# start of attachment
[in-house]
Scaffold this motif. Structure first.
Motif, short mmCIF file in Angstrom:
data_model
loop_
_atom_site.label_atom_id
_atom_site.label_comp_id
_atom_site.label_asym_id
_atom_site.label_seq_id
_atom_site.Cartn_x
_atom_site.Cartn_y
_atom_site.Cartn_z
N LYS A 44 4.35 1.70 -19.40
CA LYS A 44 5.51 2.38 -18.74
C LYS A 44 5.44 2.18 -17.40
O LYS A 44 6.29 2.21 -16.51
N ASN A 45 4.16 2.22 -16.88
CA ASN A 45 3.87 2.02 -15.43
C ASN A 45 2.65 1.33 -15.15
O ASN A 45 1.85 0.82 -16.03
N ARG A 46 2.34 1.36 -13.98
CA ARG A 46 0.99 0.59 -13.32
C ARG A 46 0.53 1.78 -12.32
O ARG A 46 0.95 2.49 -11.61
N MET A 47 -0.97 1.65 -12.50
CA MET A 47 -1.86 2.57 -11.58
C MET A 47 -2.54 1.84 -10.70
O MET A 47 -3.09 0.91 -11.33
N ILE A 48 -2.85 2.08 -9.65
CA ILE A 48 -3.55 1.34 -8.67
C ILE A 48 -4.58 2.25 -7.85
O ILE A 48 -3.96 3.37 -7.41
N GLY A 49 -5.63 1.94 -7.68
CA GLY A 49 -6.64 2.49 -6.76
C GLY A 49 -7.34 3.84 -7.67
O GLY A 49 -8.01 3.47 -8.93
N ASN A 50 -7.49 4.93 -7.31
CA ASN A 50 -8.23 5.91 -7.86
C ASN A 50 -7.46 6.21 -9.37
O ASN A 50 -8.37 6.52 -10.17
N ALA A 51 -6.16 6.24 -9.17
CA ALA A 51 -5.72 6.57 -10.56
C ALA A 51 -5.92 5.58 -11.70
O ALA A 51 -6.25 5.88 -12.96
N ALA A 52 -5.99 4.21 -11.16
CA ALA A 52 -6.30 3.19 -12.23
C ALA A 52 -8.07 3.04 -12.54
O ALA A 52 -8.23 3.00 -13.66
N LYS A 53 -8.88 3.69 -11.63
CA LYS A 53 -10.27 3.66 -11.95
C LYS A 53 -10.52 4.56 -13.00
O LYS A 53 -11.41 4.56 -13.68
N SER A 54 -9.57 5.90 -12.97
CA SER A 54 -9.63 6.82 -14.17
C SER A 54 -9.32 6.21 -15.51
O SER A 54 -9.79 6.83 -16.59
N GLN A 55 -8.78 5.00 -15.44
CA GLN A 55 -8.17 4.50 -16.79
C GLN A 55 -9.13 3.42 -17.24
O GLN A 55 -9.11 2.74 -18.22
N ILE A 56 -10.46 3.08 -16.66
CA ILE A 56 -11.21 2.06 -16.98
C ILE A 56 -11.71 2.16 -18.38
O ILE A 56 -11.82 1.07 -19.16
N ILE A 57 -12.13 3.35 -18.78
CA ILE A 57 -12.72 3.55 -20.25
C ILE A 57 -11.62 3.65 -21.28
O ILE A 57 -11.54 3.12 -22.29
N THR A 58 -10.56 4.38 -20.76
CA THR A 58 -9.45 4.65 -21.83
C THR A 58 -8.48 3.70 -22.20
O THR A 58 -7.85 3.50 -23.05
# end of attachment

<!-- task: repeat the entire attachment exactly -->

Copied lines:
[in-house]
Scaffold this motif. Structure first.
Motif, short mmCIF file in Angstrom:
data_model
loop_
_atom_site.label_atom_id
_atom_site.label_comp_id
_atom_site.label_asym_id
_atom_site.label_seq_id
_atom_site.Cartn_x
_atom_site.Cartn_y
_atom_site.Cartn_z
N LYS A 44 4.35 1.70 -19.40
CA LYS A 44 5.51 2.38 -18.74
C LYS A 44 5.44 2.18 -17.40
O LYS A 44 6.29 2.21 -16.51
N ASN A 45 4.16 2.22 -16.88
CA ASN A 45 3.87 2.02 -15.43
C ASN A 45 2.65 1.33 -15.15
O ASN A 45 1.85 0.82 -16.03
N ARG A 46 2.34 1.36 -13.98
CA ARG A 46 0.99 0.59 -13.32
C ARG A 46 0.53 1.78 -12.32
O ARG A 46 0.95 2.49 -11.61
N MET A 47 -0.97 1.65 -12.50
CA MET A 47 -1.86 2.57 -11.58
C MET A 47 -2.54 1.84 -10.70
O MET A 47 -3.09 0.91 -11.33
N ILE A 48 -2.85 2.08 -9.65
CA ILE A 48 -3.55 1.34 -8.67
C ILE A 48 -4.58 2.25 -7.85
O ILE A 48 -3.96 3.37 -7.41
N GLY A 49 -5.63 1.94 -7.68
CA GLY A 49 -6.64 2.49 -6.76
C GLY A 49 -7.34 3.84 -7.67
O GLY A 49 -8.01 3.47 -8.93
N ASN A 50 -7.49 4.93 -7.31
CA ASN A 50 -8.23 5.91 -7.86
C ASN A 50 -7.46 6.21 -9.37
O ASN A 50 -8.37 6.52 -10.17
N ALA A 51 -6.16 6.24 -9.17
CA ALA A 51 -5.72 6.57 -10.56
C ALA A 51 -5.92 5.58 -11.70
O ALA A 51 -6.25 5.88 -12.96
N ALA A 52 -5.99 4.21 -11.16
CA ALA A 52 -6.30 3.19 -12.23
C ALA A 52 -8.07 3.04 -12.54
O ALA A 52 -8.23 3.00 -13.66
N LYS A 53 -8.88 3.69 -11.63
CA LYS A 53 -10.27 3.66 -11.95
C LYS A 53 -10.52 4.56 -13.00
O LYS A 53 -11.41 4.56 -13.68
N SER A 54 -9.57 5.90 -12.97
CA SER A 54 -9.63 6.82 -14.17
C SER A 54 -9.32 6.21 -15.51
O SER A 54 -9.79 6.83 -16.59
N GLN A 55 -8.78 5.00 -15.44
CA GLN A 55 -8.17 4.50 -16.79
C GLN A 55 -9.13 3.42 -17.24
O GLN A 55 -9.11 2.74 -18.22
N ILE A 56 -10.46 3.08 -16.66
CA ILE A 56 -11.21 2.06 -16.98
C ILE A 56 -11.71 2.16 -18.38
O ILE A 56 -11.82 1.07 -19.16
N ILE A 57 -12.13 3.35 -18.78
CA ILE A 57 -12.72 3.55 -20.25
C ILE A 57 -11.62 3.65 -21.28
O ILE A 57 -11.54 3.12 -22.29
N THR A 58 -10.56 4.38 -20.76
CA THR A 58 -9.45 4.65 -21.83
C THR A 58 -8.48 3.70 -22.20
O THR A 58 -7.85 3.50 -23.05